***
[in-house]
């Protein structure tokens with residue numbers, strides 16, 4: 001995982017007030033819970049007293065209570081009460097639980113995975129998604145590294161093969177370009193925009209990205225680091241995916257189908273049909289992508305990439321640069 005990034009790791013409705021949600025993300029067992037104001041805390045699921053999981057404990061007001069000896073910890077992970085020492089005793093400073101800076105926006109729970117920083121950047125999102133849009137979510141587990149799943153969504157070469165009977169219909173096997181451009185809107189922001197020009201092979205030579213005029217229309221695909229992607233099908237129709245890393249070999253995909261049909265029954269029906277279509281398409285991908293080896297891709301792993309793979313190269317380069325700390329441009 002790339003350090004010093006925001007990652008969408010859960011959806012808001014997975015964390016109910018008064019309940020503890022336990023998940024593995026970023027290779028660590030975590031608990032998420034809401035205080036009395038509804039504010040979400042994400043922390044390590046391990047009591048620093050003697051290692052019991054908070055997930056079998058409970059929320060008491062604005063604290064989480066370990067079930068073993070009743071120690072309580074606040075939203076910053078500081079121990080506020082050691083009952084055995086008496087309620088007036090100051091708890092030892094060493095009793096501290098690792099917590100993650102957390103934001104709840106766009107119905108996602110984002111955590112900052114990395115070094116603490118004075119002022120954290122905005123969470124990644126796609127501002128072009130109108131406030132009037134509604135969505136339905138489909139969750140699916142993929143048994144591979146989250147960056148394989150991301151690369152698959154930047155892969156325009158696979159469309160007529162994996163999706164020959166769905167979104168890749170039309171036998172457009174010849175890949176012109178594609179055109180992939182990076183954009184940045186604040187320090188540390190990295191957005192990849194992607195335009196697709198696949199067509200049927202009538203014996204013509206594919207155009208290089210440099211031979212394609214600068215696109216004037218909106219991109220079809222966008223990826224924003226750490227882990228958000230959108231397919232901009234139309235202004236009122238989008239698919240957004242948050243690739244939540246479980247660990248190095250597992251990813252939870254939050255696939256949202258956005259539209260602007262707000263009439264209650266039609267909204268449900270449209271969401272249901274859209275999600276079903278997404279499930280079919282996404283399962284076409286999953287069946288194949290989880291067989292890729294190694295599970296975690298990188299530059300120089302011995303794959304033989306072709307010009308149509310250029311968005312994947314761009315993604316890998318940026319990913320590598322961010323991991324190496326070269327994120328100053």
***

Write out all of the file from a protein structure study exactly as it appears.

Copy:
[in-house]
């Protein structure tokens with residue numbers, strides 16, 4: 001995982017007030033819970049007293065209570081009460097639980113995975129998604145590294161093969177370009193925009209990205225680091241995916257189908273049909289992508305990439321640069 005990034009790791013409705021949600025993300029067992037104001041805390045699921053999981057404990061007001069000896073910890077992970085020492089005793093400073101800076105926006109729970117920083121950047125999102133849009137979510141587990149799943153969504157070469165009977169219909173096997181451009185809107189922001197020009201092979205030579213005029217229309221695909229992607233099908237129709245890393249070999253995909261049909265029954269029906277279509281398409285991908293080896297891709301792993309793979313190269317380069325700390329441009 002790339003350090004010093006925001007990652008969408010859960011959806012808001014997975015964390016109910018008064019309940020503890022336990023998940024593995026970023027290779028660590030975590031608990032998420034809401035205080036009395038509804039504010040979400042994400043922390044390590046391990047009591048620093050003697051290692052019991054908070055997930056079998058409970059929320060008491062604005063604290064989480066370990067079930068073993070009743071120690072309580074606040075939203076910053078500081079121990080506020082050691083009952084055995086008496087309620088007036090100051091708890092030892094060493095009793096501290098690792099917590100993650102957390103934001104709840106766009107119905108996602110984002111955590112900052114990395115070094116603490118004075119002022120954290122905005123969470124990644126796609127501002128072009130109108131406030132009037134509604135969505136339905138489909139969750140699916142993929143048994144591979146989250147960056148394989150991301151690369152698959154930047155892969156325009158696979159469309160007529162994996163999706164020959166769905167979104168890749170039309171036998172457009174010849175890949176012109178594609179055109180992939182990076183954009184940045186604040187320090188540390190990295191957005192990849194992607195335009196697709198696949199067509200049927202009538203014996204013509206594919207155009208290089210440099211031979212394609214600068215696109216004037218909106219991109220079809222966008223990826224924003226750490227882990228958000230959108231397919232901009234139309235202004236009122238989008239698919240957004242948050243690739244939540246479980247660990248190095250597992251990813252939870254939050255696939256949202258956005259539209260602007262707000263009439264209650266039609267909204268449900270449209271969401272249901274859209275999600276079903278997404279499930280079919282996404283399962284076409286999953287069946288194949290989880291067989292890729294190694295599970296975690298990188299530059300120089302011995303794959304033989306072709307010009308149509310250029311968005312994947314761009315993604316890998318940026319990913320590598322961010323991991324190496326070269327994120328100053």